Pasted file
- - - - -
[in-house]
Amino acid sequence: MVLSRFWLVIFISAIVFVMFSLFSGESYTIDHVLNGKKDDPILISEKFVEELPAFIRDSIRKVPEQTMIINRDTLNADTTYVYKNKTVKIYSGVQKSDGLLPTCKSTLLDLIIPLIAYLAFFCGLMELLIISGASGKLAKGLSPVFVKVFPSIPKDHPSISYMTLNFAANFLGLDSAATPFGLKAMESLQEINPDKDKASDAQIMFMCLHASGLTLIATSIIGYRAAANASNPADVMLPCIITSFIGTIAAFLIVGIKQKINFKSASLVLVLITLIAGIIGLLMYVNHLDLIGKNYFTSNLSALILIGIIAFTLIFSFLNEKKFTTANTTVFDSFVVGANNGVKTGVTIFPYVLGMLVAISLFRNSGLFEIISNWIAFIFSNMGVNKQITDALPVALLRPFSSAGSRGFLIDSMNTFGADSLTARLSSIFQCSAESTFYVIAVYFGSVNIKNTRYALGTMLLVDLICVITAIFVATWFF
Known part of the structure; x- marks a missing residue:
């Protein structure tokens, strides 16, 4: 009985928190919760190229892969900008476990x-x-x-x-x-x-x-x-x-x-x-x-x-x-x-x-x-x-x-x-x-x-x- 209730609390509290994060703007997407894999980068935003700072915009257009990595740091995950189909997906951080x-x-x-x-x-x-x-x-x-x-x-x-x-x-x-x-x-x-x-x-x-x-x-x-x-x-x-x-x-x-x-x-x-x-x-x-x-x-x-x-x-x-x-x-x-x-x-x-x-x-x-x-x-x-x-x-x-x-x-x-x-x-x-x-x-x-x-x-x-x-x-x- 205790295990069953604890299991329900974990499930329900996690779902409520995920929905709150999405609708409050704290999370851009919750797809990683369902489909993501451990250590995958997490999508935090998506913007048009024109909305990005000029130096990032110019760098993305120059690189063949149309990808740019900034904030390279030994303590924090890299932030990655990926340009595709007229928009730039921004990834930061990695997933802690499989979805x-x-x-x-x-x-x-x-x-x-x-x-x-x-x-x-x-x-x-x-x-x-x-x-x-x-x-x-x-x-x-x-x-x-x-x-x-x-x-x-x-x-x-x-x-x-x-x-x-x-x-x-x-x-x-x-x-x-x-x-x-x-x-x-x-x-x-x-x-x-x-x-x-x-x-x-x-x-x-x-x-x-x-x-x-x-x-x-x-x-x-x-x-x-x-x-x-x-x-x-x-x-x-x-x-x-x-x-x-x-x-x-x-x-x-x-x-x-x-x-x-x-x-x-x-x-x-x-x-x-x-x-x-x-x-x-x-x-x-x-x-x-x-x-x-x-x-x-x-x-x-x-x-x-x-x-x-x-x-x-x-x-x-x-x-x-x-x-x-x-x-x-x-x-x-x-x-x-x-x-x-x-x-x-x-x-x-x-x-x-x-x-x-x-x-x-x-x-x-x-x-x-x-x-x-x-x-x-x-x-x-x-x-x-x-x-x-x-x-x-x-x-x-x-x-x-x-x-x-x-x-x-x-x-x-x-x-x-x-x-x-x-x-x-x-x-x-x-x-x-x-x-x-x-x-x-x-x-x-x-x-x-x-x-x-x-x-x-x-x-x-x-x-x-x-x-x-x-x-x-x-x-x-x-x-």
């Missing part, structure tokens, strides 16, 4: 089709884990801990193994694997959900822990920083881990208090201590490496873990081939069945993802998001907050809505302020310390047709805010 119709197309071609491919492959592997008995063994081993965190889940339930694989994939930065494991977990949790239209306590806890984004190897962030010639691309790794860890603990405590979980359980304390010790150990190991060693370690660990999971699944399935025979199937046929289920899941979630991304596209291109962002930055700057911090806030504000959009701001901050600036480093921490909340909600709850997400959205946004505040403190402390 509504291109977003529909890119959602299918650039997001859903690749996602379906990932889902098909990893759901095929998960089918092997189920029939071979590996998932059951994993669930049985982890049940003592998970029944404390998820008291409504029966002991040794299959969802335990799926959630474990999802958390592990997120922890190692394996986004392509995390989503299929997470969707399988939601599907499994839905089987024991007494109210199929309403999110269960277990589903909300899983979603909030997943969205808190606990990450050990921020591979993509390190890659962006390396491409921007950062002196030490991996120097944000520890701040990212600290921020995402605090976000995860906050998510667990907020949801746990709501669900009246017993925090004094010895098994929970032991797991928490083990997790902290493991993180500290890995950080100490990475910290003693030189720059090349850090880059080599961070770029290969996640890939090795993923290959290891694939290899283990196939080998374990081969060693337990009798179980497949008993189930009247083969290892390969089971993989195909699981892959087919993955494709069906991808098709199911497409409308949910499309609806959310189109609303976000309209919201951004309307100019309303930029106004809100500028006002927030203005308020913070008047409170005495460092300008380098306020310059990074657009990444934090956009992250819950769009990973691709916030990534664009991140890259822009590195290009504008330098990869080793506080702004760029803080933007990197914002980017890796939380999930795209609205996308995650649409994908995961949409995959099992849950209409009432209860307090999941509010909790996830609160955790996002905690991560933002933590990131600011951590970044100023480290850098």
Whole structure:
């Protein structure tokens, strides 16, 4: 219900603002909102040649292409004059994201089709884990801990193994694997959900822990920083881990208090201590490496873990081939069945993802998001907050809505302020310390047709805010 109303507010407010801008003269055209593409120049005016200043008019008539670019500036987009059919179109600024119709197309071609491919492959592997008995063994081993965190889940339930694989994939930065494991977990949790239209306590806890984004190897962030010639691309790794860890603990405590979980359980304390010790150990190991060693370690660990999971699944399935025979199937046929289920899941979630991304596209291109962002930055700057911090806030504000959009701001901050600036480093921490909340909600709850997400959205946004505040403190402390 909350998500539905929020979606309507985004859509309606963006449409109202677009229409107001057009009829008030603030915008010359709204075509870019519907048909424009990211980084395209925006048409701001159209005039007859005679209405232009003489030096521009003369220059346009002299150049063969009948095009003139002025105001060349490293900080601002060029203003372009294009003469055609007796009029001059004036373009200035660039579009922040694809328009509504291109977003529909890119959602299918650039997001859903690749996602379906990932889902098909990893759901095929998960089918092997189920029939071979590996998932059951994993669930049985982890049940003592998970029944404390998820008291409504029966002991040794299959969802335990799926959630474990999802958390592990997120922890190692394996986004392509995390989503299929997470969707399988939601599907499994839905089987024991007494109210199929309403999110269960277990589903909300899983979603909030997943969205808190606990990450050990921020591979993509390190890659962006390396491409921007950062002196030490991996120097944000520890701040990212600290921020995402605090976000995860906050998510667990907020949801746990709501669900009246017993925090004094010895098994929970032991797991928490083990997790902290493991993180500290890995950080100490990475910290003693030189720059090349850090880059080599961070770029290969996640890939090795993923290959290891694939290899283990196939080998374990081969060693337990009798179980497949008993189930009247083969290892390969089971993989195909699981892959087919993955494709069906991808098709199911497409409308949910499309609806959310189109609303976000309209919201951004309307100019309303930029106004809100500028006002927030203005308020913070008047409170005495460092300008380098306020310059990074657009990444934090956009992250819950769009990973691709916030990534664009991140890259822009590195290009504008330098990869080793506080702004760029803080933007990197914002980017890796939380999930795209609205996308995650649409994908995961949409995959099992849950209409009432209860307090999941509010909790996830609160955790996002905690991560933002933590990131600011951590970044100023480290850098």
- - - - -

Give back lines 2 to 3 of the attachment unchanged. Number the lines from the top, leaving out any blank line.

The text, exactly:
Amino acid sequence: MVLSRFWLVIFISAIVFVMFSLFSGESYTIDHVLNGKKDDPILISEKFVEELPAFIRDSIRKVPEQTMIINRDTLNADTTYVYKNKTVKIYSGVQKSDGLLPTCKSTLLDLIIPLIAYLAFFCGLMELLIISGASGKLAKGLSPVFVKVFPSIPKDHPSISYMTLNFAANFLGLDSAATPFGLKAMESLQEINPDKDKASDAQIMFMCLHASGLTLIATSIIGYRAAANASNPADVMLPCIITSFIGTIAAFLIVGIKQKINFKSASLVLVLITLIAGIIGLLMYVNHLDLIGKNYFTSNLSALILIGIIAFTLIFSFLNEKKFTTANTTVFDSFVVGANNGVKTGVTIFPYVLGMLVAISLFRNSGLFEIISNWIAFIFSNMGVNKQITDALPVALLRPFSSAGSRGFLIDSMNTFGADSLTARLSSIFQCSAESTFYVIAVYFGSVNIKNTRYALGTMLLVDLICVITAIFVATWFF
Known part of the structure; x- marks a missing residue: